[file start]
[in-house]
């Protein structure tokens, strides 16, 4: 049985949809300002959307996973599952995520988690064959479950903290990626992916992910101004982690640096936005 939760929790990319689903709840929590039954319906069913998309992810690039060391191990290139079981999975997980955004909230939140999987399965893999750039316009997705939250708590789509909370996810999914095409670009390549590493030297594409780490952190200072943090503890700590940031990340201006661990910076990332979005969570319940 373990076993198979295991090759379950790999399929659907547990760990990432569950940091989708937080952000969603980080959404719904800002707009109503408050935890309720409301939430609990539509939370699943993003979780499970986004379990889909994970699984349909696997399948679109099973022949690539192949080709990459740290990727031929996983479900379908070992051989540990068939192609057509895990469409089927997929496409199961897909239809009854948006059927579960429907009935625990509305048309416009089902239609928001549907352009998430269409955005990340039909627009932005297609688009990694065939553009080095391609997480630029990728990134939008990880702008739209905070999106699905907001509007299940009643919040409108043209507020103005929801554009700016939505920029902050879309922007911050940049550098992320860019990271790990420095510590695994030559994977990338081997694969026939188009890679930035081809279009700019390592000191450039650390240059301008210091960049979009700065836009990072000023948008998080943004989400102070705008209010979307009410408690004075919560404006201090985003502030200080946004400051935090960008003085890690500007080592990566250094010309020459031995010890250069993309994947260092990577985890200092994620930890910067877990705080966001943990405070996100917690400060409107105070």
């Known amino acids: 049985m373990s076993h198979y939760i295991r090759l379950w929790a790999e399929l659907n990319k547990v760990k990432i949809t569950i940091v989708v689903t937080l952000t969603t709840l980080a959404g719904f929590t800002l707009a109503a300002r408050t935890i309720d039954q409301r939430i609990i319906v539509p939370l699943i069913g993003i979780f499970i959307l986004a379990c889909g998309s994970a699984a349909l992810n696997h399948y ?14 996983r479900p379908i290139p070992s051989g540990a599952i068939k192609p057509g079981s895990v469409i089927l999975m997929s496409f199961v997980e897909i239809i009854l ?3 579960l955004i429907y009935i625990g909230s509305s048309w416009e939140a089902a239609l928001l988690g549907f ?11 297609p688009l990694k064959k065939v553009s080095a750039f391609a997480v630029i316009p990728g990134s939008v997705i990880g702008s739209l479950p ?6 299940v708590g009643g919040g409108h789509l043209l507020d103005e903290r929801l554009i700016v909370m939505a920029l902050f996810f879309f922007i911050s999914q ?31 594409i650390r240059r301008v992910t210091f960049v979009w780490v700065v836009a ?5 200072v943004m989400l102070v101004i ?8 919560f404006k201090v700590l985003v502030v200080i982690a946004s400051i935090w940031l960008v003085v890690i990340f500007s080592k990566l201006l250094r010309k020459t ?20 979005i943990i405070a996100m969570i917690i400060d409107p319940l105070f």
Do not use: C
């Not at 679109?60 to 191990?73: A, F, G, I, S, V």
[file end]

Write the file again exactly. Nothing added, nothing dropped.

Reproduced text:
[in-house]
């Protein structure tokens, strides 16, 4: 049985949809300002959307996973599952995520988690064959479950903290990626992916992910101004982690640096936005 939760929790990319689903709840929590039954319906069913998309992810690039060391191990290139079981999975997980955004909230939140999987399965893999750039316009997705939250708590789509909370996810999914095409670009390549590493030297594409780490952190200072943090503890700590940031990340201006661990910076990332979005969570319940 373990076993198979295991090759379950790999399929659907547990760990990432569950940091989708937080952000969603980080959404719904800002707009109503408050935890309720409301939430609990539509939370699943993003979780499970986004379990889909994970699984349909696997399948679109099973022949690539192949080709990459740290990727031929996983479900379908070992051989540990068939192609057509895990469409089927997929496409199961897909239809009854948006059927579960429907009935625990509305048309416009089902239609928001549907352009998430269409955005990340039909627009932005297609688009990694065939553009080095391609997480630029990728990134939008990880702008739209905070999106699905907001509007299940009643919040409108043209507020103005929801554009700016939505920029902050879309922007911050940049550098992320860019990271790990420095510590695994030559994977990338081997694969026939188009890679930035081809279009700019390592000191450039650390240059301008210091960049979009700065836009990072000023948008998080943004989400102070705008209010979307009410408690004075919560404006201090985003502030200080946004400051935090960008003085890690500007080592990566250094010309020459031995010890250069993309994947260092990577985890200092994620930890910067877990705080966001943990405070996100917690400060409107105070």
């Known amino acids: 049985m373990s076993h198979y939760i295991r090759l379950w929790a790999e399929l659907n990319k547990v760990k990432i949809t569950i940091v989708v689903t937080l952000t969603t709840l980080a959404g719904f929590t800002l707009a109503a300002r408050t935890i309720d039954q409301r939430i609990i319906v539509p939370l699943i069913g993003i979780f499970i959307l986004a379990c889909g998309s994970a699984a349909l992810n696997h399948y ?14 996983r479900p379908i290139p070992s051989g540990a599952i068939k192609p057509g079981s895990v469409i089927l999975m997929s496409f199961v997980e897909i239809i009854l ?3 579960l955004i429907y009935i625990g909230s509305s048309w416009e939140a089902a239609l928001l988690g549907f ?11 297609p688009l990694k064959k065939v553009s080095a750039f391609a997480v630029i316009p990728g990134s939008v997705i990880g702008s739209l479950p ?6 299940v708590g009643g919040g409108h789509l043209l507020d103005e903290r929801l554009i700016v909370m939505a920029l902050f996810f879309f922007i911050s999914q ?31 594409i650390r240059r301008v992910t210091f960049v979009w780490v700065v836009a ?5 200072v943004m989400l102070v101004i ?8 919560f404006k201090v700590l985003v502030v200080i982690a946004s400051i935090w940031l960008v003085v890690i990340f500007s080592k990566l201006l250094r010309k020459t ?20 979005i943990i405070a996100m969570i917690i400060d409107p319940l105070f």
Do not use: C
């Not at 679109?60 to 191990?73: A, F, G, I, S, V």